- Lack of parental concern and social support
- Lack of parent-child closeness
- Parent-child conflict
- Weak or excessive controls
- Inconsistent discipline
- Ineffective parental monitoring
Studies have found that adolescents are less likely to smoke when parents:12, 13, 14
- Restrict exposure to smoking (e.g., not permitted indoors)
- Practice nonsmoking behaviors (e.g., sitting in nonsmoking sections)
- Engage in antismoking socialization
- Communicate openly with adolescents regarding smoking behavior
The quality and frequency of communication between child and parent plays a significant role in predicting youth smoking independent of adult smoking behavior. The literature suggests that parents and their children have different perceptions regarding each other’s feelings about smoking and any anti-smoking communication that may have occurred in the household15 This is significant as the research shows that even when a parent smokes, adolescents who expect negative consequences from parents for smoking have a lower rate of initiation than those who expect neutral or positive consequences.14,16 These findings suggest that many nonsmoking parents believe that the expectation of abstinence from cigarettes is understood¸ however explicit conversations and rules about the expectations of not smoking are imperative in the preventing of youth smoking initiation.14,17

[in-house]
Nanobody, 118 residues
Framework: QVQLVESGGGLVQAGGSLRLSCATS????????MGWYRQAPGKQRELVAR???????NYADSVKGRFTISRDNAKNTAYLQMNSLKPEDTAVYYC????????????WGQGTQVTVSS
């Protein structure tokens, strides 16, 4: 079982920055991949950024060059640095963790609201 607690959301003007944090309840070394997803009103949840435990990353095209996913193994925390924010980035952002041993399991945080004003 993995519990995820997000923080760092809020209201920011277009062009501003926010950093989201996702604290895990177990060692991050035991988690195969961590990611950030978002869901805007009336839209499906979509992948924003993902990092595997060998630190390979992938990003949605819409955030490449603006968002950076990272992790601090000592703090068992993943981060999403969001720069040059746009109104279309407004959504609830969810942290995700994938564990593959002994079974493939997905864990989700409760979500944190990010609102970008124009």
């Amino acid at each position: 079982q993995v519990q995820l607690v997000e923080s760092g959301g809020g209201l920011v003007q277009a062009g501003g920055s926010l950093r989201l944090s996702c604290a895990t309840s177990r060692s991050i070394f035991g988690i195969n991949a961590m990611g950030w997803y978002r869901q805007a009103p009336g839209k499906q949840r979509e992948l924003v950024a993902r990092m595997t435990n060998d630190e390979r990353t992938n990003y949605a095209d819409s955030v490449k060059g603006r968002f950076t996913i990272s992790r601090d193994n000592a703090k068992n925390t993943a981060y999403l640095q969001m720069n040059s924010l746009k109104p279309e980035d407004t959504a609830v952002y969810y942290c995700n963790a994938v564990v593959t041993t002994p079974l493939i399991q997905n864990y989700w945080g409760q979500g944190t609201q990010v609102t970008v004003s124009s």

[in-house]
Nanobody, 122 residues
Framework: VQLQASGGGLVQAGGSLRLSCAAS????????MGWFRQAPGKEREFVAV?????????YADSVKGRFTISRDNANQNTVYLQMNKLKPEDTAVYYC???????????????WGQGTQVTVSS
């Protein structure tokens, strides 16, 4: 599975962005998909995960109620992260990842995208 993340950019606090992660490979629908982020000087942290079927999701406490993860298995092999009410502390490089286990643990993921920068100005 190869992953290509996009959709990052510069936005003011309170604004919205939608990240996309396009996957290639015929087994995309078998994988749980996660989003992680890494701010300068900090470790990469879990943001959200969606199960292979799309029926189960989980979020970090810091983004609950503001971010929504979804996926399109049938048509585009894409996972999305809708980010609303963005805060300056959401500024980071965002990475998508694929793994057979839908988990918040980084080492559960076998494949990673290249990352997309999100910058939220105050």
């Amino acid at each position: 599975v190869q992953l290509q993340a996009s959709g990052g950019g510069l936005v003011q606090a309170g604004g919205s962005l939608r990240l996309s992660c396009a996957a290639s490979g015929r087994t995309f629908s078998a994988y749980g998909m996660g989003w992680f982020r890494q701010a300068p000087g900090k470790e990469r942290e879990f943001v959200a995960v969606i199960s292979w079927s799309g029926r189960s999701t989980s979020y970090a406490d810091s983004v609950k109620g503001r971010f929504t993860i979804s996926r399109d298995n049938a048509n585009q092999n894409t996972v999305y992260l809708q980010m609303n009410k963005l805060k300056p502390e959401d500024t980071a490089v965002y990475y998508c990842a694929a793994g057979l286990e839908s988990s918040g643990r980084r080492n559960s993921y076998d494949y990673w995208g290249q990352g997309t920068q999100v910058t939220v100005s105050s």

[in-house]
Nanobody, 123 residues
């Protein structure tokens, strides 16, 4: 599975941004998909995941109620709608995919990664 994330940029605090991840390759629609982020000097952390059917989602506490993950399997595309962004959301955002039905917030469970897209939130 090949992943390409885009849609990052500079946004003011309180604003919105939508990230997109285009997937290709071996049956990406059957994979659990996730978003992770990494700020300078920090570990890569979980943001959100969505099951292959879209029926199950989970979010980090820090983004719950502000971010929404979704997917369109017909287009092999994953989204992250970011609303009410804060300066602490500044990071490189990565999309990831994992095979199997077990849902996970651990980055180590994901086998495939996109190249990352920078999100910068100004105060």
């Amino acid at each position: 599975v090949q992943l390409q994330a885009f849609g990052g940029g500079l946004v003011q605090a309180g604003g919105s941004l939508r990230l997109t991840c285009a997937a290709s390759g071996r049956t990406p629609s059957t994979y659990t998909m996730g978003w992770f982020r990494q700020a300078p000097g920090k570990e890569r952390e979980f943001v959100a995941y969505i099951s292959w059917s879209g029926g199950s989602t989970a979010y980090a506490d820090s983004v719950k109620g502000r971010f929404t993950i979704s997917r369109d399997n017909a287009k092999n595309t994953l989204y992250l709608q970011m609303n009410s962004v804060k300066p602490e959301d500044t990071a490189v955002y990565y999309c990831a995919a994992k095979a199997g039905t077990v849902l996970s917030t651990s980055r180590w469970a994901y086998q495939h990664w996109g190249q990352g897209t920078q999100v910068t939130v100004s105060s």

Smoking Cessation Among Adolescents
Understanding why adolescents initiate smoking is simpler than understanding why they continue despite countless negative consequences. Adolescents are just as motivated as adults to quit yet are often faced with more difficult challenges when quitting. Over 82% of 11 to 19 year-olds who smoke contemplate quitting and over 70% have made a serious attempt within the first year.15,18 However, of those who quit, 34% relapse within the first week and up to 92% relapse within the first year; both higher rates of relapse than seen in adults.15,19 Research attributes these patterns to a number of factors facing adolescents including:18
- Underestimation of addictive potential of nicotine
- Overconfidence in ability to quit anytime desired
- Establishment of nicotine dependence more rapidly among adolescents
- Tendency to choose unassisted cessation methods (i.e. cold turkey), decreasing likelihood of success by 50%, compared to assisted methods